The screeching sound emanating from JCPenney headquarters may be the noise of CEO Ron Johnson trying to stop a runaway train: The battered retailer disappointed investors with fourth-quarter sales falling 28% to $3.88 billion, and same store-sales plunging 31.7%. And its net loss swelled to $427 million for the quarter.
Despite an alluring new ad campaign, launched during the Oscars and prepared under no less a luminary than consultant Sergio Zyman, “the company is utterly destabilized,” Howard Davidowitz, chairman of Davidowitz & Associates, a consulting and investing company specializing in retail, tells Marketing Daily. “It’s a total train wreck. The company has handed its customers over to its competitors, especially Macy’s and Kohl’s, in record numbers. I’ve never seen such a staggering loss of customers -- it’s unfathomable.”
In a webcast, Johnson detailed impressive new marketing and merchandising initiatives, including its “Dear America” campaign, launched this week, and “Compare,” designed to woo back the value shoppers it alienated when the store decided to stop having sales last year. Johnson owned up to that move as a major error.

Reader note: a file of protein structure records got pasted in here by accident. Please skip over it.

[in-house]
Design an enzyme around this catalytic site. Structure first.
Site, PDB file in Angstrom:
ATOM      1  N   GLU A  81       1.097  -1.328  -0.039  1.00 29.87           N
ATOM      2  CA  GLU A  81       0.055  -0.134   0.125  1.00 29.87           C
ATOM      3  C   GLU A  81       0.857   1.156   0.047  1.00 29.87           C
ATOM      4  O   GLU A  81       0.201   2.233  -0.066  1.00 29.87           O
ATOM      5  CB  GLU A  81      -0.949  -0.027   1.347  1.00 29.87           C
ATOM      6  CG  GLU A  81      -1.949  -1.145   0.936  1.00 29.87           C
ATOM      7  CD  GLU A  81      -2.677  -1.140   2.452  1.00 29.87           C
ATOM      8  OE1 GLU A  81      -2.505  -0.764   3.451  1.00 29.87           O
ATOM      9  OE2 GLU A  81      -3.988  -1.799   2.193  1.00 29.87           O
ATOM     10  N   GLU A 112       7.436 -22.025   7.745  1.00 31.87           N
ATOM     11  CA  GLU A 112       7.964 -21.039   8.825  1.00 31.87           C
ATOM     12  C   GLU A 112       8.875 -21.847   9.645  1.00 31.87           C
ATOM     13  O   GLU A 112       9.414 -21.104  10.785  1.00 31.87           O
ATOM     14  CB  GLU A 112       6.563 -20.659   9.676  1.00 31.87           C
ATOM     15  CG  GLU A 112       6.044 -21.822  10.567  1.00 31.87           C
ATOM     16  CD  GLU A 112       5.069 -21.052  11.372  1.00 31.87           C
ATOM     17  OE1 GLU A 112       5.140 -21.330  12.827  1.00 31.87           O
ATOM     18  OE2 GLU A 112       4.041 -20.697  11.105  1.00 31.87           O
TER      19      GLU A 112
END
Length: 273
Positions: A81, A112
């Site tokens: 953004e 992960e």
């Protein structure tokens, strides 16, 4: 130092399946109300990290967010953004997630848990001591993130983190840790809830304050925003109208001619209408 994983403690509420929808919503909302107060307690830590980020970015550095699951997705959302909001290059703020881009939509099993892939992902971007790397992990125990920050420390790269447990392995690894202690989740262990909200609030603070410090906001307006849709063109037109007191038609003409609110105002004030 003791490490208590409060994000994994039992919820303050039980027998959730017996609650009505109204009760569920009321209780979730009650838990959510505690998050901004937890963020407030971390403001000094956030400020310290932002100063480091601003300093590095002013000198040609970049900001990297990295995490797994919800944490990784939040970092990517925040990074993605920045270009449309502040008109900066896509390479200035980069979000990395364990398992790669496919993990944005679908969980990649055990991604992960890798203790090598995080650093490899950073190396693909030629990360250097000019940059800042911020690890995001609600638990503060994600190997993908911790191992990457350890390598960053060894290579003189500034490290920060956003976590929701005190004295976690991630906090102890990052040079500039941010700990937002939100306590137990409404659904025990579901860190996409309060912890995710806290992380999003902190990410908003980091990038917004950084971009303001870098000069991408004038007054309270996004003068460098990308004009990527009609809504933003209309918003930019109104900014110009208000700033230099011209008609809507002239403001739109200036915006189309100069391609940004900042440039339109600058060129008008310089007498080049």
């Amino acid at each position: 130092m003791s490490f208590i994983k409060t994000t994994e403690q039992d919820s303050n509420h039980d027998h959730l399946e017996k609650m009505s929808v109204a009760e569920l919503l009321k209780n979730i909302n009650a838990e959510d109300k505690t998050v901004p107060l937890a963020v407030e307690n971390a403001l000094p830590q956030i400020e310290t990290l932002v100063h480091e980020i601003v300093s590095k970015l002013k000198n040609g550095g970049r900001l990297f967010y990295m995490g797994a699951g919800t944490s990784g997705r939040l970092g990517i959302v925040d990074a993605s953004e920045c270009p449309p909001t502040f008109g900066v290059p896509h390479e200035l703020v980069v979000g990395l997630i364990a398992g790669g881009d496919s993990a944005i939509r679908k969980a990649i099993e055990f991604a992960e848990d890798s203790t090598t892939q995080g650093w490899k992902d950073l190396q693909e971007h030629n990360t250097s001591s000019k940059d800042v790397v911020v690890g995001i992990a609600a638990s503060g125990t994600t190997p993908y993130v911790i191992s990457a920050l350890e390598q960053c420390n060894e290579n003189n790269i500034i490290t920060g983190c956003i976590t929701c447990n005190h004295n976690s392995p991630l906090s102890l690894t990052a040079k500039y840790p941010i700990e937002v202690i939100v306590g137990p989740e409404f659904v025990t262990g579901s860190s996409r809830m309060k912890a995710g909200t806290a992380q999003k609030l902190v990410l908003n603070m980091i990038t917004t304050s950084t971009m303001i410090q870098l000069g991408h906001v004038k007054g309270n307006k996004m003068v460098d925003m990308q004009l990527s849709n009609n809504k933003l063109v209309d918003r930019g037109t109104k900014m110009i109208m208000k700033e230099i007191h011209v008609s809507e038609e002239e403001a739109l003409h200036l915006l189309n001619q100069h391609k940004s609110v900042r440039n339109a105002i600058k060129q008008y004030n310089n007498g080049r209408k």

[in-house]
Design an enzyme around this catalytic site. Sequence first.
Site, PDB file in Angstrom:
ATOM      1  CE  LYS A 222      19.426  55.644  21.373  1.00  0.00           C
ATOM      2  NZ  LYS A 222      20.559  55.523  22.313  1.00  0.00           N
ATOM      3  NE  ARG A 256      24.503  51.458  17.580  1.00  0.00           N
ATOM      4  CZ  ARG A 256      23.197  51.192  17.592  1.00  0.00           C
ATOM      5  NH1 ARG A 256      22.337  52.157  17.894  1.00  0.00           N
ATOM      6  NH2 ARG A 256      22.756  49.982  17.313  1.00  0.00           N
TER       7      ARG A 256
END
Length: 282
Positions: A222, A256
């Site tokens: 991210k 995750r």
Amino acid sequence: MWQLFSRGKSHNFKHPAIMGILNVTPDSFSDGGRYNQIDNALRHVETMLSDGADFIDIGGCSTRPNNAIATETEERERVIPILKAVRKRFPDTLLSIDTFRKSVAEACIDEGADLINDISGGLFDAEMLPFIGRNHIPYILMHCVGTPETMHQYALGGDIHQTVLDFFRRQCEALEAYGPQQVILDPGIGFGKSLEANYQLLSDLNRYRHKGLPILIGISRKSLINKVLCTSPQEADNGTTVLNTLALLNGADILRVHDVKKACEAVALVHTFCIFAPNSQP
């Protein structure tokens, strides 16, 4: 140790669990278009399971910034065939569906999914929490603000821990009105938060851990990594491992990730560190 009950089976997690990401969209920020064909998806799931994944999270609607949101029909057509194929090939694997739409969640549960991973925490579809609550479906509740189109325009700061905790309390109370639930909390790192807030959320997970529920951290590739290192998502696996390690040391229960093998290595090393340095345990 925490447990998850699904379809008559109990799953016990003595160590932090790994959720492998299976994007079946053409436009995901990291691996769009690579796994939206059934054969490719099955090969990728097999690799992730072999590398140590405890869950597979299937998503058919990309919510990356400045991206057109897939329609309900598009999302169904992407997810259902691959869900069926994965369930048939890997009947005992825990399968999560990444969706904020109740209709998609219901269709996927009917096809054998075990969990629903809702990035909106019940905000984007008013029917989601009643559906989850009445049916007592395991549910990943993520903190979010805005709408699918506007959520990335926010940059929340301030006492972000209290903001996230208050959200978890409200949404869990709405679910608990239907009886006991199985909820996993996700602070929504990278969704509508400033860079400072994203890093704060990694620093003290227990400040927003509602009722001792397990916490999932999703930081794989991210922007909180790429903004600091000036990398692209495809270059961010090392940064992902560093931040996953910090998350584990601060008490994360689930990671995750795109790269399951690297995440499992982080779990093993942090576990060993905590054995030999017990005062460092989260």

“I made some big mistakes, and I take personal responsibility. I had a personal conviction that we should deliver everyday value as truth on the price tag,” he says. “We learned our shopper likes a sale, and at times, she wants a coupon.”
The trouble is that while new marketing beautifully showcases Johnson’s vision of the “new” JCP, including small shops selling appealing brands such as Sephora and Levi’s at full price, it doesn’t mesh with what’s currently in the stores. Johnson assured investors that it will soon, including the imminent in-store launch of Joe Fresh clothing, which he says has quickly become the best seller on its Web site, and a revamped home store, which will open in May. Calling that “perfect timing” with the reviving housing market, “home sales were once 20% of JCP’s business, and have fallen to 10%. With brands like Martha Stewart, Michael Graves, OXO and Keurig, we can change that.”
“The stores are certainly improved, aesthetically,” Davidowitz says. “But you can’t throw the baby out with the bathwater.”
Meanwhile, Target also posted numbers that were somewhat below expectations today, with fourth-quarter sales climbing 6.8% to $22.47 billion, and net income slipping 2% to $961 million, from $981 million in the prior year. Same-store sales inched up just 0.4%.
Taken with Walmart’s weak performance earlier this week, Davidowitz says that’s more evidence that economic pressure on the consumer is punishing the lower-end of the retail market. “People are poorer, between exploding gas prices and the payroll tax. And that is going to continue to hurt companies like Walmart, Target and the dollar stores.”